Sparse crowd but vigorous debate in Mountain Grove

Written by  Wednesday, 19 September 2018 09:55
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Olden candidates (from left) Dan Cunningham, Victor Heese (incumbent), Bill Everett and Elwin Burke. Photo/Craig Bakay Olden candidates (from left) Dan Cunningham, Victor Heese (incumbent), Bill Everett and Elwin Burke. Photo/Craig Bakay

It’s not unusual for candidates debate crowds to be small when the Mayor’s position is already filled by acclamation. When you take out the number of sitting Central Frontenac Council members and candidates from other districts in attendance, it was a rather intimate gathering indeed.

However, it did make for some rousing ‘discussion,’ especially when moderator Jeff Green allowed the audience more leeway that is usual for such things.

And mixed in there, the four candidates for the two seats in District 2 (Olden), managed to get their points across.

Dan Cunningham wanted to see project management applied to every issue, not surprising given his background as a project manager for Stanley Tools.

He said the septic reinspection program is a good example of something not being planned out.

“We can save a lot of money,” he said. “One way is to stop the reinspection program.

“It will cost money that would be better spent on our landfills.

“And we need more work on roads.”

Victor Heese said he thought stable leadership at the top has gone a long way in the Township.

“We’ve gone through several CAOs and Cathy MacMunn being there has allowed us to focus on other things than hiring a CAO,” he said. “I know that hiring a full-time fire chief was controversial but we do now have better equipment for our firefighters, better halls and less liability.”

Heese said he wanted to focus on better internet services to attract home-based businesses.

Bill Everett said more people likely know his truck (B Sanitation) than himself but promised to “do my best to see improvements in Olden and Central Frontenac in general.

“I’m not going to criticize anyone’s ideas — that’s for debate in Council.”

Elwin Burke, who was Reeve of the old Olden Township for six years (three as councilor before that) said he’d like to see meetings moved from the 4 p.m. timeslot to the evening so more people could attend. (Mayor Frances Smith pointed out from the crowd that one of the the reasons they were changed to 4 p.m. was to cut down on overtime costs).

Burke said he’d also like to see more recorded votes and gravel on the roads.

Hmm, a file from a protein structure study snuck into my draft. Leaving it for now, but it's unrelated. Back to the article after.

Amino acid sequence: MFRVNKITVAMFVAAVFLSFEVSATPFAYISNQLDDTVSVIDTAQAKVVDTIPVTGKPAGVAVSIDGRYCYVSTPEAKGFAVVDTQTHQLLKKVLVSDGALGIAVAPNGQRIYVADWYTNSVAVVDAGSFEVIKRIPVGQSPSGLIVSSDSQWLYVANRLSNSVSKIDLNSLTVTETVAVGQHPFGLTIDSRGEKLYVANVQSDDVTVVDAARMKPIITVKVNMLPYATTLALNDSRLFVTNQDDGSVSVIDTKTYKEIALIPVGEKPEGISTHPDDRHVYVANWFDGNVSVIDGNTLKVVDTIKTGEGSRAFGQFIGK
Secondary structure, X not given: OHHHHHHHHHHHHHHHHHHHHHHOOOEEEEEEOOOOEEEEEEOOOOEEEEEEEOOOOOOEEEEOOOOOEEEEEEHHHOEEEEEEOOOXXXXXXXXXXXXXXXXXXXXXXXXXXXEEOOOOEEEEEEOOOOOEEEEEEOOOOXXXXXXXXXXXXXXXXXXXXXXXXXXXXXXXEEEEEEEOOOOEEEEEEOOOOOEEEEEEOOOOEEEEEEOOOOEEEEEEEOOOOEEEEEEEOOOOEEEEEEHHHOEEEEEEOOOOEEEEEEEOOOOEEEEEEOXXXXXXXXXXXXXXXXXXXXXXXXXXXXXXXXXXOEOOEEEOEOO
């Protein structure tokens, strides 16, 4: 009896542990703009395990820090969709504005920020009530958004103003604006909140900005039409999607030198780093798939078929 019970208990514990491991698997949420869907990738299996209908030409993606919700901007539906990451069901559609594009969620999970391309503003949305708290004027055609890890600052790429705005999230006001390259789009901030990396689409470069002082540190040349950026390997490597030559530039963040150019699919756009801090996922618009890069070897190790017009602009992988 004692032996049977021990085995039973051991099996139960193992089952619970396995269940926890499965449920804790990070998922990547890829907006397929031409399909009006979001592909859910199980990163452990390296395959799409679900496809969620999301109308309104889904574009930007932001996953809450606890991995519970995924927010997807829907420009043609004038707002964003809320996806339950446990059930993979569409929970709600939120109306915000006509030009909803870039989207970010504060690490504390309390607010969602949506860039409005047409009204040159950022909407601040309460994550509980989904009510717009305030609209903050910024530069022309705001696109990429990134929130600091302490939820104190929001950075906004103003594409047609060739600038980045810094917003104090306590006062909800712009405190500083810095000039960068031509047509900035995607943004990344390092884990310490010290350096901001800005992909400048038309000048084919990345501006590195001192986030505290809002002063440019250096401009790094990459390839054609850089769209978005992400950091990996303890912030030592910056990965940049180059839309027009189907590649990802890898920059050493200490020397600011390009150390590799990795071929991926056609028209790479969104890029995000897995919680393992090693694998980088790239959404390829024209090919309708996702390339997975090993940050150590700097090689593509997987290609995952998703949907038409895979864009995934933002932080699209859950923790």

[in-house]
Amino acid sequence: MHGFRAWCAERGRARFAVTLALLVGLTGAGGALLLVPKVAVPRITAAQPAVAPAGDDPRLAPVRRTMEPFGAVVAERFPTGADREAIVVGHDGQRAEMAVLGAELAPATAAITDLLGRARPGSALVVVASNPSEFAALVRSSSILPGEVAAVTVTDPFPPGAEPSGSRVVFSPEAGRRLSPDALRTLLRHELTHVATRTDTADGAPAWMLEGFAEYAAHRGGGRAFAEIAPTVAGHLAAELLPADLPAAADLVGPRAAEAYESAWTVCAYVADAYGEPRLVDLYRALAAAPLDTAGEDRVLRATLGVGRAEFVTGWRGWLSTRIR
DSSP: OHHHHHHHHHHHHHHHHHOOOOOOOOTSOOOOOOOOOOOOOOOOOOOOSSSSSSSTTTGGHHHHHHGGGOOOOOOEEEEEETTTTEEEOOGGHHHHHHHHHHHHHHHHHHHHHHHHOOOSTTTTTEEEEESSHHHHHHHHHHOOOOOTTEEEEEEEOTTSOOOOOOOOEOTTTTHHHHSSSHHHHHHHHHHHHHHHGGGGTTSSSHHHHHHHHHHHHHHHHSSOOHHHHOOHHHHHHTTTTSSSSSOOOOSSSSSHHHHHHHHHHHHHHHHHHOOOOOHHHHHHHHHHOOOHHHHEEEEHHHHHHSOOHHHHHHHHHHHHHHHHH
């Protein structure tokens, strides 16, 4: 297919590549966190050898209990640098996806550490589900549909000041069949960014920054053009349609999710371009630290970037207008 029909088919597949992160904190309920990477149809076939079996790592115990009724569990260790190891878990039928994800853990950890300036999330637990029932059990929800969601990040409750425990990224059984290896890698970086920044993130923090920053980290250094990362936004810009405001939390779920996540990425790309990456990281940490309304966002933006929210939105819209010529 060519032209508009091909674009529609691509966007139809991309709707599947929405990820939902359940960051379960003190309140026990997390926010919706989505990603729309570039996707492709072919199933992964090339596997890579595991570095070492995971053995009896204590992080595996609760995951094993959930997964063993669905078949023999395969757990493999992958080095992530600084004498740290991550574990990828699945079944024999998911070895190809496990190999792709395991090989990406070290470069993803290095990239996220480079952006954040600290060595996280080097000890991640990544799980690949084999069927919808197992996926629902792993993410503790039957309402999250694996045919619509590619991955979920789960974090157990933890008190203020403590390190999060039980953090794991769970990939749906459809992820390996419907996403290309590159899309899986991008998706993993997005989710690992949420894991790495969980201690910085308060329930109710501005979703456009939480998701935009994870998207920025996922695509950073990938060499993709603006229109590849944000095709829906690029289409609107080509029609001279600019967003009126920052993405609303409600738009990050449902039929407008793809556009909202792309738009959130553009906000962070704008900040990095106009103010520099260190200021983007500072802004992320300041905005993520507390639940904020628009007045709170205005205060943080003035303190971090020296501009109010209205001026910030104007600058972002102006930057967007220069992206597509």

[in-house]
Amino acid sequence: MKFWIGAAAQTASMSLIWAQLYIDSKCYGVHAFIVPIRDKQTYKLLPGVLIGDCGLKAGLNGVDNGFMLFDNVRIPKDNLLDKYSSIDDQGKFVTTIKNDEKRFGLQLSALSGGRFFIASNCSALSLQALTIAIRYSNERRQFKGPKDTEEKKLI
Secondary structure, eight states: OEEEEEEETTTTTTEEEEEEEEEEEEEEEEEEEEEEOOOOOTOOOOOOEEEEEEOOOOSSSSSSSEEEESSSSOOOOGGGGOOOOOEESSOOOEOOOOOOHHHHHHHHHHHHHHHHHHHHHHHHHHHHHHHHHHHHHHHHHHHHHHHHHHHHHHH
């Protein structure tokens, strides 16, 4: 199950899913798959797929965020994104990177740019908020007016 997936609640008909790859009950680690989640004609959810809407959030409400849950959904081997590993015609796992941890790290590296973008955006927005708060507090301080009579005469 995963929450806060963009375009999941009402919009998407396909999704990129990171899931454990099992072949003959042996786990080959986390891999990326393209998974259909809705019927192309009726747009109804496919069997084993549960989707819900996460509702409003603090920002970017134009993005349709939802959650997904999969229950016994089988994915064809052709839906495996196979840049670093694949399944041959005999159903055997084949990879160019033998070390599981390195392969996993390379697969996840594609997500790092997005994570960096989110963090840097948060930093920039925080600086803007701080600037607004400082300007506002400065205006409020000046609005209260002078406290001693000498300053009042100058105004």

Environmental issues took up much of the evening with a re-use centre at landfills being generally agreed to be something worth pursuing. However, septic reinspection didn’t sit well with three of the four candidates.

“I have no issue with septic inspection but I have a big issue with more Big Brother,” said Everett. “Why are we inspecting? Do we have significant numbers of systems that are exploding?”

“Around the lakes it can be very important but up here in the hills, where you can be miles from your nearest neighbour, I don’t see it as a problem,” said Burke.

“It hasn’t been costed out and it doesn’t even meet the standards for being a project,” said Cunningham. “And, it’s separating people.”

On the potential issue of there being a marijuana dispensary in Central Frontenac once it’s legalized Oct. 17, the candidates views were mixed, other than agreeing it shouldn’t be located near a school.

“I’m not sure how much Council will have a say in it,” said Heese.

“I would go with the provincial legislation,” said Cunningham.

“I would have to vote yes,” said Everett. “A lot of people use it for medicinal reasons.”

“I’m not a big fan of marijuana so if I lost an election because of it, I wouldn’t care,” said Burke.

The purchase of two closed schools also drew a lot of attention.

“Selling them off is part of my platform,” said Cunningham.

“If I were to buy two schools, I’d want to have a plan of what to do with them, I haven’t seen a plan,” said Burke.

“The plan for the Sharbot Lake school is some sort of seniors residences, but the current building will have to be demolished,” said Heese. “The Parham school could be some sort of recreation and community centre.

“If we’d waited, they would have been much more expensive.”

“I don’t know,” said Everett. “I think I would have been against it but we’re stuck now so we’ll have to make the best of it.”

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